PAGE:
Giants flank the Moon tonight. They’re among the brightest stars in the night sky, so you can’t miss them, even from a light-polluted city.
As night falls, look to the lower right of the Moon for Aldebaran, the eye of Taurus, the bull. Then look about twice that far to the upper left of the Moon for Capella. It’s the brightest star of Auriga, the charioteer, and the sixth-brightest star in all the night sky.
Aldebaran is a single giant. It’s more than 40 times the diameter of the Sun. It’s also a bit more massive than the Sun. It’s 65 light-years away.
Capella includes two giants. The system is closer than Aldebaran, at just 43 light-years. Both of the giants are about two-and-a-half times the mass of the Sun, and roughly 10 times the Sun’s diameter.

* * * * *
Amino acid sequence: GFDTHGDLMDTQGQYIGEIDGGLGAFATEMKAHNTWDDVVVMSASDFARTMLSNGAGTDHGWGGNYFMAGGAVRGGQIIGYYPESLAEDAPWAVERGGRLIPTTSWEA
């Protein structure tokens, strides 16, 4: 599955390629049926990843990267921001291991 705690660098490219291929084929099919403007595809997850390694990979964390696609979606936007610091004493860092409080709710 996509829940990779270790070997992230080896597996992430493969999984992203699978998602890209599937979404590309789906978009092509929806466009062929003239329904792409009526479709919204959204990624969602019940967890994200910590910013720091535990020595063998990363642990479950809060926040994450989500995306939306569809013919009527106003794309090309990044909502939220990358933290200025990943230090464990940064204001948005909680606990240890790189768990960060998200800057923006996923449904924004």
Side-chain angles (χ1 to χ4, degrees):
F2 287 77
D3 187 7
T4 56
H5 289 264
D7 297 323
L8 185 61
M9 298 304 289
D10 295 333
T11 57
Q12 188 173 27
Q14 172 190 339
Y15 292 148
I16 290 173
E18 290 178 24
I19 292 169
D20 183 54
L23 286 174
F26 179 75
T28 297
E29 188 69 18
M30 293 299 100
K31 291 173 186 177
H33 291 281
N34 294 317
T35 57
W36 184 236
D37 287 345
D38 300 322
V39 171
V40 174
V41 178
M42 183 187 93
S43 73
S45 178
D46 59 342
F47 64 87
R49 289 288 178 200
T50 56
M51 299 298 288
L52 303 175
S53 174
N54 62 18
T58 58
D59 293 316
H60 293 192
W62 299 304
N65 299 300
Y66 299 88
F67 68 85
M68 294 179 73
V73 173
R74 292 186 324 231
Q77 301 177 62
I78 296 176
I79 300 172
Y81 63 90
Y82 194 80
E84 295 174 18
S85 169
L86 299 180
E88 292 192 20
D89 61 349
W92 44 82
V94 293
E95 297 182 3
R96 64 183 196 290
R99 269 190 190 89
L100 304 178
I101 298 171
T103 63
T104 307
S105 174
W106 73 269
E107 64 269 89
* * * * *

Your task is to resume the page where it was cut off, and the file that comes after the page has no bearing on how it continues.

A star becomes a giant when it uses up the original hydrogen fuel in its core. The core shrinks and gets hotter, starting a new round of nuclear reactions. The hotter core pushes outward on the star’s outer layers. That causes the star to puff up to many times its original size, making it much brighter. Aldebaran, for example, is more than 400 times the Sun’s total brightness, while each of Capella’s giants is about 75 times the Sun’s brightness.
Eventually, each star will cast its outer layers into space, leaving only its small, hot core.
The Sun faces the same fate — beginning in several billion years.
More about the future of the Sun tomorrow.
Script by Damond Benningfield